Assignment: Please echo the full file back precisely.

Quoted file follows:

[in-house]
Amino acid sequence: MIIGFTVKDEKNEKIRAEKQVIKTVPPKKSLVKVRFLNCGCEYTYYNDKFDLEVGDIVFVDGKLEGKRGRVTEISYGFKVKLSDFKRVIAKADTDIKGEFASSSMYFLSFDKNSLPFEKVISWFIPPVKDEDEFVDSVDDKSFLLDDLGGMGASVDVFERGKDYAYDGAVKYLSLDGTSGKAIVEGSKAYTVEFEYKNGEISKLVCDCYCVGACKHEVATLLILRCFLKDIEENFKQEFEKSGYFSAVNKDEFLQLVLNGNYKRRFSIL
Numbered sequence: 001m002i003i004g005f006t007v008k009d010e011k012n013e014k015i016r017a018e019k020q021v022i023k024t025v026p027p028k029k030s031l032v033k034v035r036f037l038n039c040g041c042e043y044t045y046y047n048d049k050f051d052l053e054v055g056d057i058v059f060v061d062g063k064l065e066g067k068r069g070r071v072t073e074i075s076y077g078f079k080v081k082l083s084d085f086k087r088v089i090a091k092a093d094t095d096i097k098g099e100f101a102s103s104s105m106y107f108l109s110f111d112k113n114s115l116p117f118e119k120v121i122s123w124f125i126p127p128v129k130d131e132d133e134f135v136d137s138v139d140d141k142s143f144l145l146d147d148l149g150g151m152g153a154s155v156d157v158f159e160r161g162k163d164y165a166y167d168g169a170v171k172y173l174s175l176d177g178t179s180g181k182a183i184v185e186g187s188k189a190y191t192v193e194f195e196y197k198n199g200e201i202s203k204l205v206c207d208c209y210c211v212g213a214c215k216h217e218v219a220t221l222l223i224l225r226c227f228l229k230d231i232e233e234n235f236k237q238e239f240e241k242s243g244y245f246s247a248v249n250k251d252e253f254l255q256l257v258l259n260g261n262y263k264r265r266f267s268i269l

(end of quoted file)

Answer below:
[in-house]
Amino acid sequence: MIIGFTVKDEKNEKIRAEKQVIKTVPPKKSLVKVRFLNCGCEYTYYNDKFDLEVGDIVFVDGKLEGKRGRVTEISYGFKVKLSDFKRVIAKADTDIKGEFASSSMYFLSFDKNSLPFEKVISWFIPPVKDEDEFVDSVDDKSFLLDDLGGMGASVDVFERGKDYAYDGAVKYLSLDGTSGKAIVEGSKAYTVEFEYKNGEISKLVCDCYCVGACKHEVATLLILRCFLKDIEENFKQEFEKSGYFSAVNKDEFLQLVLNGNYKRRFSIL
Numbered sequence: 001m002i003i004g005f006t007v008k009d010e011k012n013e014k015i016r017a018e019k020q021v022i023k024t025v026p027p028k029k030s031l032v033k034v035r036f037l038n039c040g041c042e043y044t045y046y047n048d049k050f051d052l053e054v055g056d057i058v059f060v061d062g063k064l065e066g067k068r069g070r071v072t073e074i075s076y077g078f079k080v081k082l083s084d085f086k087r088v089i090a091k092a093d094t095d096i097k098g099e100f101a102s103s104s105m106y107f108l109s110f111d112k113n114s115l116p117f118e119k120v121i122s123w124f125i126p127p128v129k130d131e132d133e134f135v136d137s138v139d140d141k142s143f144l145l146d147d148l149g150g151m152g153a154s155v156d157v158f159e160r161g162k163d164y165a166y167d168g169a170v171k172y173l174s175l176d177g178t179s180g181k182a183i184v185e186g187s188k189a190y191t192v193e194f195e196y197k198n199g200e201i202s203k204l205v206c207d208c209y210c211v212g213a214c215k216h217e218v219a220t221l222l223i224l225r226c227f228l229k230d231i232e233e234n235f236k237q238e239f240e241k242s243g244y245f246s247a248v249n250k251d252e253f254l255q256l257v258l259n260g261n262y263k264r265r266f267s268i269l